D-Day Global Campaign

Flames of War Global Campaign

Ambush in the Bocage

100 POINTS
United States
Nickreidsdsmt
VS Axis
Dane

Captain Vandenberg looked at the intelligence report in shock and disgust. “What do you mean, ‘we have no idea of the enemy’s strength’?”
“Well, sir, our reconnaissance hasn’t been able to locate any enemy forces for the past day or two,” the representative of the recon platoon said.
Captain Vandenberg sighed, then left the tent to muster his company to advance. What a way to go to war: blind as a bat.

For this week’s smackdown, I decided to go with an old favorite of mine, Veteran Armored Rifles. The list was built around 2 full strength ARPs, with plenty of artillery and tank support, and was as follows:
HQ
Full ARP
Full ARP
3 M8 Scotts
4 M4 Shermans with hedge cutters and tank telephones
4 M10s with hedge cutters and Desert Veterans
Cavalry Recon
3 M7 Priests
AOP
Lucky command card

Meanwhile, my opponent (who also runs the store, Creative Pursuit Games in Leesburg, VA, and is an all-around great guy) went all in on German heavy armor, creating the following list:
2 HQ Panzer IVs
3 Panzer IVs
5 Panthers
Full Panzergren Platoon
The table was a 4×4 bocage hellhole, with cover and cross checks as far as the eye could see.

Since the axis was the defender, 40% of their army had to be held off table, which equaled out to be everything that wasn’t a Panther. Then, because the Panthers were all one platoon, they all went into ambush, leaving the axis with no starting deployment. I had my work cut out for me.
My deployment was designed to get my troops across the table as quickly as possible, to get into the Panthers’ faces before reinforcements could arrive.

Turn 1 saw the American vehicles shoot forward, with one ARP going up the road while the other approached the minefields on foot with TD support. Meanwhile, the recon and Shermans made a flanking maneuver to threaten the rear objective.

The German Turn 1 saw the Panthers emerge from ambush near the barn and obliterate an M10 (not bad luck for the M10s, considering the amount of shots headed their way).

In response, in the American turn 2, the Scotts, aided by the timely arrival of the AOP, lay down a smoke barrage in front of the Panthers, blocking their view of the M10s and dismounted ARP. The Shermans, taking full advantage of the 2+ cross checks from their hedgerow cutters, get a volley of flanking shots into the Panthers and are rewarded with 2 kills and a bail. The second ARP dismounts and moves towards the barn objective, creating a khaki tide of American infantry bearing down on the objective.

The German retribution is swift in their second turn. The bailed Panther fails to remount, but its compatriots eviscerate the Shermans, killing 2 and bailing a third. The Shermans would go on to fail their platoon morale check next turn. However, the Americans come back swinging, with the ARPs clearing most of the mines and contesting the objective while the M10s finish off the bailed Panther. The AOP continues to frustrate the German gunners, this time calling down a smoke bombardment from the Priests.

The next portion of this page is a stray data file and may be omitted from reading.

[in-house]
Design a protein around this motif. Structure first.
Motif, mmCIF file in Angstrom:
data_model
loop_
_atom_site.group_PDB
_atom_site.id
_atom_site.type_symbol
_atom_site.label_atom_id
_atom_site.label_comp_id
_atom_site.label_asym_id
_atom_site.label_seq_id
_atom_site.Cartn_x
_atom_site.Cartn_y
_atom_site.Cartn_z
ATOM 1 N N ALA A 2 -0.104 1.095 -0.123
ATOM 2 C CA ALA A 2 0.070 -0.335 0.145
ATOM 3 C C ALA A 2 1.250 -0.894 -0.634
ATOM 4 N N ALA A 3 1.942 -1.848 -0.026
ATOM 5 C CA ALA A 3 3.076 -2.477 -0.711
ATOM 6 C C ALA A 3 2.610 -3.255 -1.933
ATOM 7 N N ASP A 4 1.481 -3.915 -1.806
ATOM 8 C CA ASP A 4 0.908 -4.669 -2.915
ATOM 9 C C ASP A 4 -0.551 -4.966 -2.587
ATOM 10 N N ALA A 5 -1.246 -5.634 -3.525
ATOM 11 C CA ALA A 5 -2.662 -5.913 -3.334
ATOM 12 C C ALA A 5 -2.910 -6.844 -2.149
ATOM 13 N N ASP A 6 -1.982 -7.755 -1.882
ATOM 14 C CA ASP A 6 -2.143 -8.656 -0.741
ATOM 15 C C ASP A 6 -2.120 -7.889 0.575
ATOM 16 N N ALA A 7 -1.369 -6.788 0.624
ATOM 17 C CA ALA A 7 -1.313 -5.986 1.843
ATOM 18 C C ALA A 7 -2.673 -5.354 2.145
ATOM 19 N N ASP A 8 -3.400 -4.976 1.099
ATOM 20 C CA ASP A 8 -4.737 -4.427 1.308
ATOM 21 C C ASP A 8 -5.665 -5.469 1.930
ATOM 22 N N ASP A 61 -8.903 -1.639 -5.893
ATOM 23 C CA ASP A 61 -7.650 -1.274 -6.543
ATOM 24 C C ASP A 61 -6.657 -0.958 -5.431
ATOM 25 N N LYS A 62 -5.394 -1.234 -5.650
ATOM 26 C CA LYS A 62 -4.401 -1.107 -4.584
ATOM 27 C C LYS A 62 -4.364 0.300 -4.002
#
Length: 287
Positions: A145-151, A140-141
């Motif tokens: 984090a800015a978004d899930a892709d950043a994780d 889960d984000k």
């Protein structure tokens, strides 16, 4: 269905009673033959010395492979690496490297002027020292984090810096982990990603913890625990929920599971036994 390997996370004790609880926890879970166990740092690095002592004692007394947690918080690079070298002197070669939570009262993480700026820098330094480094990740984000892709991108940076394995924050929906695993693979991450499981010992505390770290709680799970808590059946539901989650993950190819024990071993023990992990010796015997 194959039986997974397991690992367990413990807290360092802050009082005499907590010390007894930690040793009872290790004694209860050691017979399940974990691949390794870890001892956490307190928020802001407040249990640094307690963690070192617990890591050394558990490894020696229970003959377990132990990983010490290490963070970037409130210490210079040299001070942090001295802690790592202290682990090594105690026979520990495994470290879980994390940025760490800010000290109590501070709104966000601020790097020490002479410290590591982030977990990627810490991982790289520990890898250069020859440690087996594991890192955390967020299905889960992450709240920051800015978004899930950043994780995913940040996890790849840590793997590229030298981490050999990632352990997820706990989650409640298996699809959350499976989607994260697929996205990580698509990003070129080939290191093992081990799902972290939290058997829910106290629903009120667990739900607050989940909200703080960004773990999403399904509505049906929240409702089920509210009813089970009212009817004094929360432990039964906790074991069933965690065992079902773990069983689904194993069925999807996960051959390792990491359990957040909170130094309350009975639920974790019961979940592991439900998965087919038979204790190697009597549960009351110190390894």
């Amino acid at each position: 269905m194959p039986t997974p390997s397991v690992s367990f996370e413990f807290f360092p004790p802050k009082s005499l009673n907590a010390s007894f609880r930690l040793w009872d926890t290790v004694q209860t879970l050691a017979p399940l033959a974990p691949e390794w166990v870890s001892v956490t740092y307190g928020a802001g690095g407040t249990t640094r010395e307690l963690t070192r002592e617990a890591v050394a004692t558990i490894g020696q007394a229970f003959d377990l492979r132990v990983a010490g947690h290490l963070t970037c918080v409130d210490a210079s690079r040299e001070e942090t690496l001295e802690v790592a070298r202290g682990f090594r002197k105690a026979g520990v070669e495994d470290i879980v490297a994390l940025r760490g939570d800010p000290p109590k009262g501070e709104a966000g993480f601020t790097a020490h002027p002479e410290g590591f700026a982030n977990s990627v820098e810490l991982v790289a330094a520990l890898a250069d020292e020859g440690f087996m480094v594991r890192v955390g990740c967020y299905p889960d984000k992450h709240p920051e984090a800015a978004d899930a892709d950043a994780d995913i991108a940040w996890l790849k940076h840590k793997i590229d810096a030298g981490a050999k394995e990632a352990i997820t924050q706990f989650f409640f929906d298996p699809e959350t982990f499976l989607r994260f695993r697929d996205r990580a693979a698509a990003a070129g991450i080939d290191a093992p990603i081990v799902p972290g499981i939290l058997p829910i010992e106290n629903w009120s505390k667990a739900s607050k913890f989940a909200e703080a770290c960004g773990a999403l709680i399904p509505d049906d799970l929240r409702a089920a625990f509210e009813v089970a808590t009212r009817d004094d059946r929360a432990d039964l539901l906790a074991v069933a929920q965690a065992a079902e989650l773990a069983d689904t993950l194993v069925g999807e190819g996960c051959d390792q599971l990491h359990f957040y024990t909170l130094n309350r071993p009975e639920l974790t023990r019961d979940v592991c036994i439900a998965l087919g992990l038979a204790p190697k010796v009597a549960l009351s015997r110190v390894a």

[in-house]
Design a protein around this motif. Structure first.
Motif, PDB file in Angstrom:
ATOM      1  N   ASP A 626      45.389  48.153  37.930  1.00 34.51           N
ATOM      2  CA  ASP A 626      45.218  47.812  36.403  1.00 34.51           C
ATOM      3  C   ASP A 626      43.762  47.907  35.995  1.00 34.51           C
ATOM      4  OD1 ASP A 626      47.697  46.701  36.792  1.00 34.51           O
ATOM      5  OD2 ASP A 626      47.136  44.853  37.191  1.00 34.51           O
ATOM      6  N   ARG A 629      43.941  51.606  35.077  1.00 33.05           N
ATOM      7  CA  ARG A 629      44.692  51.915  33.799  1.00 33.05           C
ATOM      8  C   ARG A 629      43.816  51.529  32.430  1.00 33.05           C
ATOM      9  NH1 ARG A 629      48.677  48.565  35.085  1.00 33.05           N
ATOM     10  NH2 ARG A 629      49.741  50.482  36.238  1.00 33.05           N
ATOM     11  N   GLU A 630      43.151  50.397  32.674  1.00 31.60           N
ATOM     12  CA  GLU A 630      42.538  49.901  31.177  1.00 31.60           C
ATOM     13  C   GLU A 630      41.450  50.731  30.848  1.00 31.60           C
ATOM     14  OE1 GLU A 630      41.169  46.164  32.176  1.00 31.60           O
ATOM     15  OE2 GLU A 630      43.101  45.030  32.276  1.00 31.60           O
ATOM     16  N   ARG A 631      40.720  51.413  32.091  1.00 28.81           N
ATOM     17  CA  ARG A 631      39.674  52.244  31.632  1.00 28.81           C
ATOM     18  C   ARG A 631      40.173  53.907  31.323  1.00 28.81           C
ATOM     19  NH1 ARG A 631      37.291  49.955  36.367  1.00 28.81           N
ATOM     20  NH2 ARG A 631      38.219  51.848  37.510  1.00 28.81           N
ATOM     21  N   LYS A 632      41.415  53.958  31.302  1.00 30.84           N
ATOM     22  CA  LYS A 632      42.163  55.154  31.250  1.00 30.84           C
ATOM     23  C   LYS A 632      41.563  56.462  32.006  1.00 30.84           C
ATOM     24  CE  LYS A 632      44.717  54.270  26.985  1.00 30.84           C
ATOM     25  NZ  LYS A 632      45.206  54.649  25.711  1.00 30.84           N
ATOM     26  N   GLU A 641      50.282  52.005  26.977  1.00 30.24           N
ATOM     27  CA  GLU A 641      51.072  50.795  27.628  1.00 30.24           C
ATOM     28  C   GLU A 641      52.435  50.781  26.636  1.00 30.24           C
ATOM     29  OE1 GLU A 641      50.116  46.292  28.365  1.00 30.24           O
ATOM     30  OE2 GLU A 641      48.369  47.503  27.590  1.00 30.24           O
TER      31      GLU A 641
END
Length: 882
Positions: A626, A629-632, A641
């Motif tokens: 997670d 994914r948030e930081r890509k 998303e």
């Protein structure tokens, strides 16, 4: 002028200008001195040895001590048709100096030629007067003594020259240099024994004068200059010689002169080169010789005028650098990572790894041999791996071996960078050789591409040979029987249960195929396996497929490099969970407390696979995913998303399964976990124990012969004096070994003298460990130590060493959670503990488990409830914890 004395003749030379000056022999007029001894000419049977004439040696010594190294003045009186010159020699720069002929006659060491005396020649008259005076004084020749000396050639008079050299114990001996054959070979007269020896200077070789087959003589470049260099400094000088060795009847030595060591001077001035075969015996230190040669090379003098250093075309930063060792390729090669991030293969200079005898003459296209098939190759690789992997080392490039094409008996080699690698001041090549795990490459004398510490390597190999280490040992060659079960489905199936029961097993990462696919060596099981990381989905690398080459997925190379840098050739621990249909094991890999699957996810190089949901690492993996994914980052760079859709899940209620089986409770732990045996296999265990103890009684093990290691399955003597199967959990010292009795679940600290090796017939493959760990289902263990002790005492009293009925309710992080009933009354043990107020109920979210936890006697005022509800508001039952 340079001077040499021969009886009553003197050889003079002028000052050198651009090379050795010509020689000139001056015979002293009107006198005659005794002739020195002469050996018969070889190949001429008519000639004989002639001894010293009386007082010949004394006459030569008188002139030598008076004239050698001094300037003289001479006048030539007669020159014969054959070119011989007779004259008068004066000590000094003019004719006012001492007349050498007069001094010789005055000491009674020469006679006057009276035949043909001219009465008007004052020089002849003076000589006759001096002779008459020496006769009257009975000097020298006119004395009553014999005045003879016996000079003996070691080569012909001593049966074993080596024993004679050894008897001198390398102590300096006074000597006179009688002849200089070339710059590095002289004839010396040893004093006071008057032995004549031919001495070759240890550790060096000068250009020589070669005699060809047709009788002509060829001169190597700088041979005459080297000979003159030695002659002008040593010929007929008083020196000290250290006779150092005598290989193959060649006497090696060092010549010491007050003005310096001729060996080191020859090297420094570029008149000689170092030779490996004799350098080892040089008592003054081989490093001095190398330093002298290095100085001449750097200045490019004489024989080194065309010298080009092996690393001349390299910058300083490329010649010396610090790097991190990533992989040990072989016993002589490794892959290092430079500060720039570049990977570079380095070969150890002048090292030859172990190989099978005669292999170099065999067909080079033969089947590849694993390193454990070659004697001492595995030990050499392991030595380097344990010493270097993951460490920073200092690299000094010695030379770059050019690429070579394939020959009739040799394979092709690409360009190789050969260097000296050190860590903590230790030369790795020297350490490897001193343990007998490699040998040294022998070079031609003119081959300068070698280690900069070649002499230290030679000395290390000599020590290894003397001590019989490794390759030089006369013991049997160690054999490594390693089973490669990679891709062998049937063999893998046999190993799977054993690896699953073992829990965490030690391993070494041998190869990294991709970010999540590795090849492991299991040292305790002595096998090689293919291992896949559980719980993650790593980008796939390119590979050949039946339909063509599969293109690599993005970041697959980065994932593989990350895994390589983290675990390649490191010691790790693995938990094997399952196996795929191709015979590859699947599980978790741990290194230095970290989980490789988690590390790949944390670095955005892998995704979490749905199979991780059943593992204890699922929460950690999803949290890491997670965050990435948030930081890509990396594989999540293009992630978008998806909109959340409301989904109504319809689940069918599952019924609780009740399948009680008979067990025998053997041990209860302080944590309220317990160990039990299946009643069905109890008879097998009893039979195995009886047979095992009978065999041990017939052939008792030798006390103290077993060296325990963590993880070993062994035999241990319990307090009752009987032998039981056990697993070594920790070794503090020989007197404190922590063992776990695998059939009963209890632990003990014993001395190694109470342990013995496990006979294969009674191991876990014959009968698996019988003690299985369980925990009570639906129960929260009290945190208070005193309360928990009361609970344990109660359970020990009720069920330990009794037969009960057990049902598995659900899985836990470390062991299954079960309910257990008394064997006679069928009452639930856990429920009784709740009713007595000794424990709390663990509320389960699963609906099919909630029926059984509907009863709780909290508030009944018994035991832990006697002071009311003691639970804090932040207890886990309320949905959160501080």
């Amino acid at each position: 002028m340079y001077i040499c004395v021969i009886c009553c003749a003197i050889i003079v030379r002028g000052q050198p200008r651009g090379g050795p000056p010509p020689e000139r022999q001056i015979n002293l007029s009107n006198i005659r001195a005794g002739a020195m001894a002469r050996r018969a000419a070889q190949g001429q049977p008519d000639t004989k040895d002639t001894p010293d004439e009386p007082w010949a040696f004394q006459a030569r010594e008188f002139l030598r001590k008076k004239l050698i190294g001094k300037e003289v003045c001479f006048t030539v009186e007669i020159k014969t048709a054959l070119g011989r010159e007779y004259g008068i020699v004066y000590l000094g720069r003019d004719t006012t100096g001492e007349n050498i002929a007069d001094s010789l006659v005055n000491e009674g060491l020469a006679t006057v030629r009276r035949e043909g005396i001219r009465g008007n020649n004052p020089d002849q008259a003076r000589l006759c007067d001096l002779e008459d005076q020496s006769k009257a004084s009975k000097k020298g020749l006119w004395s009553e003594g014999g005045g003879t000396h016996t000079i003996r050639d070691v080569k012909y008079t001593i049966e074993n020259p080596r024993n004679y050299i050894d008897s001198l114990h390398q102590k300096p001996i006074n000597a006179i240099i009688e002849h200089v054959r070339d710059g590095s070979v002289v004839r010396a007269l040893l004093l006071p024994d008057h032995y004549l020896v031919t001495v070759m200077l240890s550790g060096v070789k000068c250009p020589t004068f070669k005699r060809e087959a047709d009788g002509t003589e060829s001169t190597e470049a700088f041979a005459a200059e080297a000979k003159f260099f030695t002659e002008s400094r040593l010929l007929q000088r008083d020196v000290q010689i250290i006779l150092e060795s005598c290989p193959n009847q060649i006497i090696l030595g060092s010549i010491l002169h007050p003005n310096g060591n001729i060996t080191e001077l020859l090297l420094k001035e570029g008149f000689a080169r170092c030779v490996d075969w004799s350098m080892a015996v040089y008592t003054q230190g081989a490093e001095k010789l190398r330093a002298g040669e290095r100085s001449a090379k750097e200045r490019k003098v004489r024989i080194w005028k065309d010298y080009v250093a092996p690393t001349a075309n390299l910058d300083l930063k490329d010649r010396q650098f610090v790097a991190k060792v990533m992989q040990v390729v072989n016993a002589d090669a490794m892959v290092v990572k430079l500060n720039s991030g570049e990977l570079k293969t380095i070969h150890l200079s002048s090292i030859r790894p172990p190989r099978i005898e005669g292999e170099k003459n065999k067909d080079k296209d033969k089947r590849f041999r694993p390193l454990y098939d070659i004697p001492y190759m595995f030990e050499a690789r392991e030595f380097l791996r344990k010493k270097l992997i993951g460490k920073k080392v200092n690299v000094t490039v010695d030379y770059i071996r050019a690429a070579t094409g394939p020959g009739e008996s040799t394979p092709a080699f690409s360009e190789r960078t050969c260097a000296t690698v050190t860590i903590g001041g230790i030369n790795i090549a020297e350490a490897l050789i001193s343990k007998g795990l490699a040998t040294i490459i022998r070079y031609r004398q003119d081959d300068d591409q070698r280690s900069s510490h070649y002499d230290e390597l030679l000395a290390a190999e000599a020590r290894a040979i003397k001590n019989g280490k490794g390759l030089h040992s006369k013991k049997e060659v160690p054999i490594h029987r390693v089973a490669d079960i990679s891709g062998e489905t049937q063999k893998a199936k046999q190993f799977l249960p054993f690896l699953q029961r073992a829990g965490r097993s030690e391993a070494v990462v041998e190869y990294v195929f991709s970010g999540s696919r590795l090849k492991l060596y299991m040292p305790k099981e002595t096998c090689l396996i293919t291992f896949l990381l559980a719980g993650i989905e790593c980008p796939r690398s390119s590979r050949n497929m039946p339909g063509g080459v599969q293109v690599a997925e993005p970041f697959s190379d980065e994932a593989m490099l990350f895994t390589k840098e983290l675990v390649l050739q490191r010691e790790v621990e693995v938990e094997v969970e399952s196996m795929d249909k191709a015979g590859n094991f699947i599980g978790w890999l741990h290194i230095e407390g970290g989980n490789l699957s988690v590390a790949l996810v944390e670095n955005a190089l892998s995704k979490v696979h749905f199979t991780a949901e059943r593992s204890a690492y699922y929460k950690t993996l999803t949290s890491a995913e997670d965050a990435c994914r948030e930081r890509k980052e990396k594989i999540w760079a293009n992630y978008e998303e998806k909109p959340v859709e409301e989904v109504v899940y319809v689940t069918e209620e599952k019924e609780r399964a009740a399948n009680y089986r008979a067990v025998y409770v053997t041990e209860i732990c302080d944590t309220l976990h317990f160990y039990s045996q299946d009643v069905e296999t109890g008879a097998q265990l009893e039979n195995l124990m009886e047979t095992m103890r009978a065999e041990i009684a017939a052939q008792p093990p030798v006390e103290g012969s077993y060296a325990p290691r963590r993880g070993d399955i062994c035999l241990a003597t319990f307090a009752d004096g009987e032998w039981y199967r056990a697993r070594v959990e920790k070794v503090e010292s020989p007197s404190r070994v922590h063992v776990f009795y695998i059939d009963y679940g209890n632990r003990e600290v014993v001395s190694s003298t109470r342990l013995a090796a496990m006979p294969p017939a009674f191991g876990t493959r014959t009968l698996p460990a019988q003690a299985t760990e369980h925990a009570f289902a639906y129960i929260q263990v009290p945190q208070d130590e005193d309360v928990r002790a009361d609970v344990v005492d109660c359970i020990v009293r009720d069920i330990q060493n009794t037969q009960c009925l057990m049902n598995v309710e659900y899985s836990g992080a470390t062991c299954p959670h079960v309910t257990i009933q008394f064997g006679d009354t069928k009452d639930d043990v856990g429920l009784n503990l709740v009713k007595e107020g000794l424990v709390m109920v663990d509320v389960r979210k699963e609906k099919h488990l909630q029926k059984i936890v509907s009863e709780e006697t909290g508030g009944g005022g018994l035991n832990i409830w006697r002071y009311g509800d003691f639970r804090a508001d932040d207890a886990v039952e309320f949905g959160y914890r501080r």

Faced with a mob of Americans on the objective, the Germans are desperate for reserves going into their turn 3. But, alas, OKW did not think the situation was as desperate as the Panther platoon commander did, and refused to release reinforcements. In a final act of desperation, the two remaining Panthers charged into the teeth of the American infantry, shooting MGs and then assaulting. The massed bazooka fire bailed a tank on the charge, then finished off the other Panther in the second round of assaulting. With no models remaining on the table, the Axis couldn’t prevent the Americans from securing the objective.

Captain Vandenberg surveyed the field full of wrecks. The Panthers were a hell of a surprise, but it was a testament to the skill of his men that they’d suffered relatively few casualties in the engagement. Based on the lack of any other German forces in the area, Vandenberg surmised that the Germans had been equally surprised that the Americans had pushed this far forwards so quickly. And, with the Panthers dealt with, the company could continue the advance.
The road to St. Lo was now in American hands, and liberation of the city would certainly follow soon after.

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United States
Nickreidsdsmt
Wins

4 Comments

  • James Westerfield says:

    Shocked at an intel officer that does not have an enemy threat estimate? I would expect the opposite would be true. The primary sensor of every battalion S2 is the lead tank or infantry squad. Hence the old saying given by Infantry Company Commanders to their Lieutenants, “Lieutenant, move out and draw fire.”

  • Nickreidsdsmt says:

    I once again blame the non-intuitive format of the site

  • Stefan Johannsson says:

    Fine report.

  • Oberst Nagten says:

    pictures are worth many words, but great report otherwise